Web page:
An important point to note is that people with weak immune systems due to an illness or a physical condition are more prone to an allergic reaction. Also, when you are younger, your body is stronger and more resilient. Thus, fighting off various allergens that are harmful to your body is easier. The more you age, the less likely are the chances that your body reacts the same as your defense is low and your immune system is weak. 

Treating an Allergic Reaction to Cosmetics 

If you get an allergic reaction to some face product you used, your face might show numerous signs and symptoms, such as red patches, itchiness, or swelling. As soon as you notice such signs, it is recommended that you do the following:

  • Immediately stop using the product that is causing such a reaction.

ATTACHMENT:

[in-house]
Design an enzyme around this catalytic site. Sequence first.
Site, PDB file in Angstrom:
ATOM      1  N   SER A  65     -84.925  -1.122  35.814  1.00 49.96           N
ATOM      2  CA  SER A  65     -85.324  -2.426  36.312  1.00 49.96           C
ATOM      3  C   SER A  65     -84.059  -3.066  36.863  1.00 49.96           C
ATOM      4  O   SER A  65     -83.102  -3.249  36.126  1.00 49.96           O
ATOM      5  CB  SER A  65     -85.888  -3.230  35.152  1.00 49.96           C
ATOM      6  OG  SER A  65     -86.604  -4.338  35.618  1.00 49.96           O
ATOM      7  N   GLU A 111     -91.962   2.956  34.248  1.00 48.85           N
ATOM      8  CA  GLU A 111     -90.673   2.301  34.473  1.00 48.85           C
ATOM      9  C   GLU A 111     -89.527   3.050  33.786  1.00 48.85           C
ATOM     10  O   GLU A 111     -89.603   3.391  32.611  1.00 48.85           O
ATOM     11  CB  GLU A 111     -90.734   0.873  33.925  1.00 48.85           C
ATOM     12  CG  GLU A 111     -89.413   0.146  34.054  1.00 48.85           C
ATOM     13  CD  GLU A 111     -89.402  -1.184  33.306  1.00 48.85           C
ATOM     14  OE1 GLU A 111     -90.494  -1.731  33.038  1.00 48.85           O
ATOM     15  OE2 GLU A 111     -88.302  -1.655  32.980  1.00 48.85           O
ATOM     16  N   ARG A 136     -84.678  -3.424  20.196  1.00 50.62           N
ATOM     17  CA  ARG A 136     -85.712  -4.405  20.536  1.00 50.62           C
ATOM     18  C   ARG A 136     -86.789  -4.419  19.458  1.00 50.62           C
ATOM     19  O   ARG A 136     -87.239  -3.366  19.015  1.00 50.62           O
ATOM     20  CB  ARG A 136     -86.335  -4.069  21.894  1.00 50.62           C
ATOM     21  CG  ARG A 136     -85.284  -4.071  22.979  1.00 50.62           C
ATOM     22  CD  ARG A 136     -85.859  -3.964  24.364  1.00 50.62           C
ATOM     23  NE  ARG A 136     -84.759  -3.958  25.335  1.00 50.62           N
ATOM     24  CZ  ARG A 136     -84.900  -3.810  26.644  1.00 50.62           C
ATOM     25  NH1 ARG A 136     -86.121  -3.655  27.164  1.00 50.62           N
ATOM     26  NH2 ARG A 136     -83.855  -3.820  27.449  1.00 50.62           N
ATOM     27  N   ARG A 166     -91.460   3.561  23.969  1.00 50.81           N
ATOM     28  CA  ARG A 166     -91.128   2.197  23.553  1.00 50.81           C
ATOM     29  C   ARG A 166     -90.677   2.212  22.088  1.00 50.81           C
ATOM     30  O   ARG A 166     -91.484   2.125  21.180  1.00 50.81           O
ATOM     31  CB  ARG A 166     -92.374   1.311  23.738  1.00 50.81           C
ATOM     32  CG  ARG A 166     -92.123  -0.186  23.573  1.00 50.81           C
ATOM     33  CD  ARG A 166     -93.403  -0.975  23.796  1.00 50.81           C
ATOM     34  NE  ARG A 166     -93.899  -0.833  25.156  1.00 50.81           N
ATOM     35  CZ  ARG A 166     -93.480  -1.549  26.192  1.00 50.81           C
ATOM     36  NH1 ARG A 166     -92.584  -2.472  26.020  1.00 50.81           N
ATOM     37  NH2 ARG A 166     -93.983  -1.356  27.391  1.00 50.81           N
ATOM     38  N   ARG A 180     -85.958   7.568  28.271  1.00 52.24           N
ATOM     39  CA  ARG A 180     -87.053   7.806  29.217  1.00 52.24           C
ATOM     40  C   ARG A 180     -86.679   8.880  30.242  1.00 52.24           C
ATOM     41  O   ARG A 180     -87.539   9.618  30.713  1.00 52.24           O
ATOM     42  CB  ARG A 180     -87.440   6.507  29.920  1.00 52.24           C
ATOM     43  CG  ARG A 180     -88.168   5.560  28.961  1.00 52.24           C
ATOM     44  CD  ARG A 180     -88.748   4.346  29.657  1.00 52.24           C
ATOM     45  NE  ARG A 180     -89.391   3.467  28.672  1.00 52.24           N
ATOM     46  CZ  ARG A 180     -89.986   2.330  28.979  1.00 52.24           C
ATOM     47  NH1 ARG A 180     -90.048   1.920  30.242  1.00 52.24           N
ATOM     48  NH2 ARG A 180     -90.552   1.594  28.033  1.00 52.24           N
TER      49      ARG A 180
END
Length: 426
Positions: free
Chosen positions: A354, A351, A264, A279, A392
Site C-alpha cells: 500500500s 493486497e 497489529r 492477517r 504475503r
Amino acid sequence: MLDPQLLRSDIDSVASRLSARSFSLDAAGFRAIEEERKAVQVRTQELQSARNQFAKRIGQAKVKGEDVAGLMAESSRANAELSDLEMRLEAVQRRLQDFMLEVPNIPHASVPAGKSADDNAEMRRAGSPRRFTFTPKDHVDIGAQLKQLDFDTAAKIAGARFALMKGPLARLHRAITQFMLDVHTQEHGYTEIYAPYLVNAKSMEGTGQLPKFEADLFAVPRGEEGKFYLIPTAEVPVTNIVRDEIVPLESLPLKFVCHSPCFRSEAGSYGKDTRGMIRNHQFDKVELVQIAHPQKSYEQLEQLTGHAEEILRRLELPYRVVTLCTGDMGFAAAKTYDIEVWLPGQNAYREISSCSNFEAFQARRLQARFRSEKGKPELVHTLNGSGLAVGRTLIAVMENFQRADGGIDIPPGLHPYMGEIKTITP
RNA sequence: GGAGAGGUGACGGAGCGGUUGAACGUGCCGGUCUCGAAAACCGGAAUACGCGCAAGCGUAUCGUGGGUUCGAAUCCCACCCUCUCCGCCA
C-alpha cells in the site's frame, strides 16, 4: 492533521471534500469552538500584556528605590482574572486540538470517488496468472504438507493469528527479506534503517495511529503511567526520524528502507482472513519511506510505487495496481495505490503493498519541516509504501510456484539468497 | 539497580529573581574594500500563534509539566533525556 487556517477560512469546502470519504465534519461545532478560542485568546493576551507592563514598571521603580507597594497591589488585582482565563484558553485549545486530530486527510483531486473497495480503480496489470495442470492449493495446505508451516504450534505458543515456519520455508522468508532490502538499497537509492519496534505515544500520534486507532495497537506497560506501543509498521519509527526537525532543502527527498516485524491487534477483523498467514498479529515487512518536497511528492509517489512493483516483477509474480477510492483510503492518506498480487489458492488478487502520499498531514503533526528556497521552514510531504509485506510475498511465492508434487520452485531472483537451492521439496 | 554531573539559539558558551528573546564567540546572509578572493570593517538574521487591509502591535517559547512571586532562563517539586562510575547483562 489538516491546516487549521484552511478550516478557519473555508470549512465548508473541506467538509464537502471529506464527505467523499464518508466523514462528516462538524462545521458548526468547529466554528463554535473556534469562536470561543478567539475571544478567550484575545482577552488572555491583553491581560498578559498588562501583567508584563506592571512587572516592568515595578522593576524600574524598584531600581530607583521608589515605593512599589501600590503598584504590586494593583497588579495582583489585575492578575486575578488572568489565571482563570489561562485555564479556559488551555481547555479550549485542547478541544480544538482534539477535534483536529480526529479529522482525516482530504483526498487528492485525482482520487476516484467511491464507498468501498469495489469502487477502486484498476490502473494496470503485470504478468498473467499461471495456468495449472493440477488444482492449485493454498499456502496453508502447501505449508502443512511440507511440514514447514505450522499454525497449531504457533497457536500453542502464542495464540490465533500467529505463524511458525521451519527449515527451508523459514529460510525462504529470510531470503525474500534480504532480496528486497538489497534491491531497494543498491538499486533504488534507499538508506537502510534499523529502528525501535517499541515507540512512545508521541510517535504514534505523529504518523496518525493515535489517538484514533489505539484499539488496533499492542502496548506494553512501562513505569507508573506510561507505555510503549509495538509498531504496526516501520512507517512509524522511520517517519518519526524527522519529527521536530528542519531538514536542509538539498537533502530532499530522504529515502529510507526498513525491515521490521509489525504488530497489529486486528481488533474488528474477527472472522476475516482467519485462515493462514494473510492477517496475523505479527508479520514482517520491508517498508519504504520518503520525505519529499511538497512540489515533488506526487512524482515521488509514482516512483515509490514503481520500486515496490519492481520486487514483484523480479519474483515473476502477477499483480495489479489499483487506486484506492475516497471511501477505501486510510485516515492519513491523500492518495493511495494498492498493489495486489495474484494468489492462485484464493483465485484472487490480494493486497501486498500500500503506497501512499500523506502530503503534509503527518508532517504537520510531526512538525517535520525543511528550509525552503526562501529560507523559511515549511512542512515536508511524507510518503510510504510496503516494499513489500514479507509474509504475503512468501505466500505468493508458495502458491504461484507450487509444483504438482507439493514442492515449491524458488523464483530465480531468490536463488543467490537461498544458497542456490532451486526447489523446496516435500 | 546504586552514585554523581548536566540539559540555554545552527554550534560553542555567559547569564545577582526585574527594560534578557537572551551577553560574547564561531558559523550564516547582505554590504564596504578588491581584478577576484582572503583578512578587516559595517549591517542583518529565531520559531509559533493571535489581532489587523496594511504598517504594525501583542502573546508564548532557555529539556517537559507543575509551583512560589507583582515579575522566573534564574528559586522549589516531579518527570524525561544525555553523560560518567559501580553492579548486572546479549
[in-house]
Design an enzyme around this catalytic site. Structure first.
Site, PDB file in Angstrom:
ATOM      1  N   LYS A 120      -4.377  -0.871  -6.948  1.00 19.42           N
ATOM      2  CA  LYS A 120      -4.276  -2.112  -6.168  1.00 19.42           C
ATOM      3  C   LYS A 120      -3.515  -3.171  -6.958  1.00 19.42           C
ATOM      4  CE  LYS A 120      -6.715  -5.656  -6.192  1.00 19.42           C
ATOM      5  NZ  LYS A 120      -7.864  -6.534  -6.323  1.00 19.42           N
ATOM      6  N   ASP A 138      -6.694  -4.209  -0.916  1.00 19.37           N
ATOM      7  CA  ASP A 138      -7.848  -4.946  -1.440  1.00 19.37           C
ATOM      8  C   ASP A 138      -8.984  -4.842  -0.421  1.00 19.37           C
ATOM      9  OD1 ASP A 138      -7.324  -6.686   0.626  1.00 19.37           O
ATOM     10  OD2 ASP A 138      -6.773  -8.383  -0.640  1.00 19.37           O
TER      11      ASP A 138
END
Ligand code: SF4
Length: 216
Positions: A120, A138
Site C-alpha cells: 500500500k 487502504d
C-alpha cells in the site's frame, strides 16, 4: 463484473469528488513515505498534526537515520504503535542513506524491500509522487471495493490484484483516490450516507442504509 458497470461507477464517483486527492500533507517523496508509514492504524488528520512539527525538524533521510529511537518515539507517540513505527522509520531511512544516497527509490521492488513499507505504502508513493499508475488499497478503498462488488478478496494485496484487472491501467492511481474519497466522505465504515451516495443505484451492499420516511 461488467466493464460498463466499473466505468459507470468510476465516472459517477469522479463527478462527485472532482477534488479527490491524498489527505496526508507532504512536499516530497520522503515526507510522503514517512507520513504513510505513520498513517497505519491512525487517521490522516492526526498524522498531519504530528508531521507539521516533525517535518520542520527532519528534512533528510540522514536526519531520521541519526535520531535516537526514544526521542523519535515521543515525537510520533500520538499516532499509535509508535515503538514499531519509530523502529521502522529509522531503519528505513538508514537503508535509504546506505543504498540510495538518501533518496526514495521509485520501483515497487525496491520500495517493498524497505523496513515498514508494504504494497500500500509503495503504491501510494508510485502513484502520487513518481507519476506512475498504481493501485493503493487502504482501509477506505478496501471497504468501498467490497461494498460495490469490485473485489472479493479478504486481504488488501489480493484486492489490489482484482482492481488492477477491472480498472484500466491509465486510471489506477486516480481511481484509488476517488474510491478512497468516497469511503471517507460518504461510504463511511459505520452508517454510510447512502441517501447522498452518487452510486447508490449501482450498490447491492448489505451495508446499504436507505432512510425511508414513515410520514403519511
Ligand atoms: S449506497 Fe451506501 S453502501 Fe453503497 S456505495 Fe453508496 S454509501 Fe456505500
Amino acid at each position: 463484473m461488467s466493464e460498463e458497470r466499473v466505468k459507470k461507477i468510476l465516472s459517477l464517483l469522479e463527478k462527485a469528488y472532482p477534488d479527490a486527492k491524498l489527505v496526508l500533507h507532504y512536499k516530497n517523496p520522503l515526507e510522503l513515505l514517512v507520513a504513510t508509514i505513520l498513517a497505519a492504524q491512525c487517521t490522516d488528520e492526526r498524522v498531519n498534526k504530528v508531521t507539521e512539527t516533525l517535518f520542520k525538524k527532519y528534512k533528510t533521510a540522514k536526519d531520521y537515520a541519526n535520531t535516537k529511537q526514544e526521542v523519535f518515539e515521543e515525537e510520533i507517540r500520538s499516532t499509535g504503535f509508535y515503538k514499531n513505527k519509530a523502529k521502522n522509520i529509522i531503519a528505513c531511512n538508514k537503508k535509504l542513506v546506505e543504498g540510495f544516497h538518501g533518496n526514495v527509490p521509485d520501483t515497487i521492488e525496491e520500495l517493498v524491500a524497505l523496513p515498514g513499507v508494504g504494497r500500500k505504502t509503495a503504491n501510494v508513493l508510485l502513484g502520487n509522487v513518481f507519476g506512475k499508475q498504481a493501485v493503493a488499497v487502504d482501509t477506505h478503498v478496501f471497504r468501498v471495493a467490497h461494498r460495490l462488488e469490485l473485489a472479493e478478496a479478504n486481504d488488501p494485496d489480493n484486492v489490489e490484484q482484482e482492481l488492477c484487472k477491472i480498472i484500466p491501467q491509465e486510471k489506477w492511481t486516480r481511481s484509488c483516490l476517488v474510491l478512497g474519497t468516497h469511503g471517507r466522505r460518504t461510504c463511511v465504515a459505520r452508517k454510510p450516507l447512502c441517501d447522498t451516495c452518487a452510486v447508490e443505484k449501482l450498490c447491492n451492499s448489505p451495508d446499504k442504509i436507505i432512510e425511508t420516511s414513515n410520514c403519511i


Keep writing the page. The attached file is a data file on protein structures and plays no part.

• If you cannot pinpoint the product right away, stop using any cosmetics or beauty products. 
  • Remove any makeup you have on immediately. Do this cautiously and gently by using plain water or natural lotion.
  • Do not wash your face with a scrub in an attempt to clear the redness or uneven patches.
  • In case of swelling on the face or hands, use ice to cool your skin down.
  • Use a soft cloth to dab the skin, and never use cotton on irritant skin. 
  • Icing should reduce redness and irritation. Once the skin cools down, try applying some mild moisturizer or cream with some coolant.
  • Avoid applying any makeup or using beauty products, such as bath salts, after an allergic reaction appears. 
  • Consulting a skin specialist for your condition is recommended if things get out of hand. Your doctor will most probably perform a patch test and see which ingredients trigger an allergic reaction. You will then have to stop using any products that contain that certain ingredient. 
  • If the reaction is severe and presents with eruptions or acute eczema, the treatment might involve cortisone creams and warm water. Always consult a specialist before using anything on your already affected skin.